Panthers feel Lightning's pain
When this season began, a late January matchup between the Lightning and Panthers was expected to be a battle for the top spot in the Atlantic Division title.
Wasn't this supposed to be the year Tampa Bay and Florida finally met in a Stanley Cup Playoffs series?
But after finishing 1-2 in the Atlantic last season, both the Lightning and Panthers enter Thursday's game in Sunrise fighting for their playoff lives. Tampa Bay, tied with six other teams at 49 points, is chasing the Panthers (50).
This is a big game. Not for the top of the standings, but survival.
"I'm really surprised," said Panthers wing Jonathan Marchessault, who played with the Lightning the past few seasons. "Tampa and our team are really good hockey teams. And anybody that knew hockey at the beginning of the year would say we'd make the playoffs and it'd be a good battle between us.
"But it's part of the game. They've been struggling with injuries, and obviously us also. But it's getting closer and games are really important. It's going to be a big game, huge for both teams. And yes, it is surprising."
What's more stunning is how the teams' struggles have mirrored each other. Like Tampa Bay, which has missed key players Steven Stamkos and Ryan Callahan for most of this season, the Panthers have had to play without key stars Jonathan Huberdeau and Aleksander Barkov (Nick Bjugstad and Alex Petrovic are expected to return Thursday).
"World class players, they're not replaceable," said Panthers defenseman Aaron Ekblad. "You have to definitely fill their roles as much as possible. (Tampa Bay) has got a good team, they're going to find a way."
Said veteran Panthers wing Shawn Thornton: "Stamkos is maybe the best player in the league. You miss a guy like that, I don't care who you are. He's a big player for them."
Thornton said if the Panthers are healthy, "Who knows?" But Thornton also said the bottom line is Florida hasn't been nearly consistent enough.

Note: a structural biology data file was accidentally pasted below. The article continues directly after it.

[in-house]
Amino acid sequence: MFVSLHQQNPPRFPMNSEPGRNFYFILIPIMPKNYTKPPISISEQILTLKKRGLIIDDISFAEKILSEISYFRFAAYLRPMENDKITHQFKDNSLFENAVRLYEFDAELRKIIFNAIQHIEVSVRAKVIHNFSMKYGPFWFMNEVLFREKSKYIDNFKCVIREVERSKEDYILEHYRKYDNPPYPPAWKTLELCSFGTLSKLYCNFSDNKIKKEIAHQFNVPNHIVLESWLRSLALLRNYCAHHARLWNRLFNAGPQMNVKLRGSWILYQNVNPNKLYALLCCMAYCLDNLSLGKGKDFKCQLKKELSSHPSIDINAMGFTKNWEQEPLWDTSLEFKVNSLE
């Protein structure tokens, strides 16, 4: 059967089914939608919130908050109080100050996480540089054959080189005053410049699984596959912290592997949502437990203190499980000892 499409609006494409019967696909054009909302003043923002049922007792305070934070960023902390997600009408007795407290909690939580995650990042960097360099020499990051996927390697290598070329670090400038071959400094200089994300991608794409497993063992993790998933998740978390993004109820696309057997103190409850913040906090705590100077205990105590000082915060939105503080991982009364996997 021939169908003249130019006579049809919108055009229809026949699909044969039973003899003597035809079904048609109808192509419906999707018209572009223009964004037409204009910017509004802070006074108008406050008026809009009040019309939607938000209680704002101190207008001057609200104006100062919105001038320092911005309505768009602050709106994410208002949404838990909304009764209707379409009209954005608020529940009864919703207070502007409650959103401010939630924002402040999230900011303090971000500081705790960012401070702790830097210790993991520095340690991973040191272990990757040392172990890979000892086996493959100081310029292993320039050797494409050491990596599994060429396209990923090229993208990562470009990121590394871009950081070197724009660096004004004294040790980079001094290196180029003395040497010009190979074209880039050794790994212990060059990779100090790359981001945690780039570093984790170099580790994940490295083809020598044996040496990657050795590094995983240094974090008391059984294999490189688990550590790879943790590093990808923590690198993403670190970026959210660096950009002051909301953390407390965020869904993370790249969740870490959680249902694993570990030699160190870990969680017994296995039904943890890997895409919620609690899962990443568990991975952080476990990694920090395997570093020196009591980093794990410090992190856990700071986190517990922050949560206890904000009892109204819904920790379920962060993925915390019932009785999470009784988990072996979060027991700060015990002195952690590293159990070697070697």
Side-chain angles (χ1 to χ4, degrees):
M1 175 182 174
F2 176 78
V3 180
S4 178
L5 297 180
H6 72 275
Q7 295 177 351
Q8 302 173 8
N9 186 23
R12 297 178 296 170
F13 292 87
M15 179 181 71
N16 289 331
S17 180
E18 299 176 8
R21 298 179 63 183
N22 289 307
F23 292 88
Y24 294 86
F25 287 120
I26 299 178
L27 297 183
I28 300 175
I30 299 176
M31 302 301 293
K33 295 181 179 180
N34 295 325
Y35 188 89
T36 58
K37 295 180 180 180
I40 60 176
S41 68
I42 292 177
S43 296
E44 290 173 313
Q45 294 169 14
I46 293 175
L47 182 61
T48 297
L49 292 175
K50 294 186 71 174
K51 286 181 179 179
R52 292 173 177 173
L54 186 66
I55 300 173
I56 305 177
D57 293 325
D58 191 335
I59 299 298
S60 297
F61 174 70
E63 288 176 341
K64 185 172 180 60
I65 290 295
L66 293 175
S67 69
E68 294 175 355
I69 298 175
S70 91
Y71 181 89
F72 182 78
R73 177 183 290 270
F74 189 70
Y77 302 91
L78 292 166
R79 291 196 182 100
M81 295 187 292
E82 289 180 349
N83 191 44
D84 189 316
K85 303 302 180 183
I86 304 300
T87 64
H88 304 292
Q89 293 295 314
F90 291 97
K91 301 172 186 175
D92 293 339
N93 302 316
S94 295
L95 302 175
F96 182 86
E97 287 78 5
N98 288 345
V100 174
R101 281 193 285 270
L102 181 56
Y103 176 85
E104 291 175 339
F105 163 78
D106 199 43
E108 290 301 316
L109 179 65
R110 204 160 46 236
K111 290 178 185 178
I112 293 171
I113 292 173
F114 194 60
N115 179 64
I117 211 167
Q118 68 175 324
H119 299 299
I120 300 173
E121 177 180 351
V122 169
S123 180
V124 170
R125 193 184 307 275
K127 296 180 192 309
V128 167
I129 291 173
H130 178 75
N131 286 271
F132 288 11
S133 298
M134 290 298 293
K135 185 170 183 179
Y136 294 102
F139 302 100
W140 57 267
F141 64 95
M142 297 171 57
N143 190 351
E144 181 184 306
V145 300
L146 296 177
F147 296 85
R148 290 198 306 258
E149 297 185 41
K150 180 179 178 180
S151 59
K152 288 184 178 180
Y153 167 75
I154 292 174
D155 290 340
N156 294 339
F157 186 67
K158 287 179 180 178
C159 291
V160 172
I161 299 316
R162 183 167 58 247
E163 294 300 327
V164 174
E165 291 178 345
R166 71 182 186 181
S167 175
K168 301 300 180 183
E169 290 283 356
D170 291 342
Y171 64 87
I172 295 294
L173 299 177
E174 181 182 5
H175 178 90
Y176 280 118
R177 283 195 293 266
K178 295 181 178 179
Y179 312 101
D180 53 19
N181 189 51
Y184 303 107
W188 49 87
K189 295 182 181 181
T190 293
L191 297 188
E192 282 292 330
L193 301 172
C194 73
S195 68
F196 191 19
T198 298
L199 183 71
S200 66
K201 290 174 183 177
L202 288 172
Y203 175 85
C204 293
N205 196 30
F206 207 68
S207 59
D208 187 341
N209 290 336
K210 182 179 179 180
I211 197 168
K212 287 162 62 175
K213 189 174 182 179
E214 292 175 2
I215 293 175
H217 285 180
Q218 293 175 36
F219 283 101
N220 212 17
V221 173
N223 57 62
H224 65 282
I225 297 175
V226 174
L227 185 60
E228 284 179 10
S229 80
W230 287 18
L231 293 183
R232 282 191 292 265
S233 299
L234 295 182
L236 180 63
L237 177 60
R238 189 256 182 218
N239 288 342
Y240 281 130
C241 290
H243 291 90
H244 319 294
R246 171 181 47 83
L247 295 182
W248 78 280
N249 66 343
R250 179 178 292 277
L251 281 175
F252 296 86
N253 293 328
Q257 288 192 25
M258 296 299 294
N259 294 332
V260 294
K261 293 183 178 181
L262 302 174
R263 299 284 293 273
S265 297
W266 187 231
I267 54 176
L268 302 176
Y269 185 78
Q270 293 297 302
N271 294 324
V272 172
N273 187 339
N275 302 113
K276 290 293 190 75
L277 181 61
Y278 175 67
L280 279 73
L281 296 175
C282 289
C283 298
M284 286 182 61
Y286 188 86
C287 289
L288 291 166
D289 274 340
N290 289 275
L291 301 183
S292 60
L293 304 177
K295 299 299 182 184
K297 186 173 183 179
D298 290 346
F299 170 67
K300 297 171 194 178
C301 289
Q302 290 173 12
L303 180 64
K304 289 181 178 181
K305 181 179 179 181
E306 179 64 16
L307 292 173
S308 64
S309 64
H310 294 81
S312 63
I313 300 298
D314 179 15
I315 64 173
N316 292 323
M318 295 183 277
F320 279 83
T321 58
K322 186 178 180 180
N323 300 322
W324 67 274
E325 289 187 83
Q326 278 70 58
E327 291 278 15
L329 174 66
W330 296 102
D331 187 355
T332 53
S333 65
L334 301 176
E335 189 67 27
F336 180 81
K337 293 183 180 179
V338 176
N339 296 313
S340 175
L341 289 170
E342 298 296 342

"We have one good game, one bad one," Thornton said.
The Lightning has won back-to-back games just once in the past two months. The Panthers haven't won three in a row all season. It's hard to climb the standings without making any kind of extended run.
That's why, as potentially galvanizing as Tuesday's 5-2 win over the Blackhawks was for the Lightning, it means little if it can't put another good game together against the Panthers. It was an encouraging sign for Tampa Bay to see its leaders step up, with Tyler Johnson scoring twice in the third-period comeback. Alex Killorn set both goals up with his hustle in one of his best performances. Andrei Vasilevskiy, who has been inconsistent, delivered a 34-save performance.
Injuries aside, both the Lightning's and Panthers' healthy core players haven't been as good as last year. Florida's Ekblad is a minus-18. Jussi Jokinen has 11 points in 39 games. Even the ageless Jaromir Jagr has 29 points in 49 games. That's the same amount as Johnson, who has just nine points more than Stamkos, who played in just 17 games before his knee surgery.
"I don't think, the way things have been going, you deserve anything - you have to earn everything," Killorn said. "(Tuesday) we earned a win. It gives us confidence. We play Florida, it's a huge game. We've got to keep winning. We've got to keep beating these teams.
Especially your division rivals who have also underachieved. The Panthers have had more turmoil, with coach Gerard Gallant getting fired and GM Tom Rowe taking over.
"When things are going great, it's easy to be positive, easy to be happy, everyone is patting each other on the back," Rowe said. "The real test of a true good team and a high character team is how you handle the adversity, and when it gets real negative around you, you have to block it out.
"I don't care about (the injuries, we are not doing it. We have to start doing it real quick, because the season is going by us real fast."
Just ask the Lightning.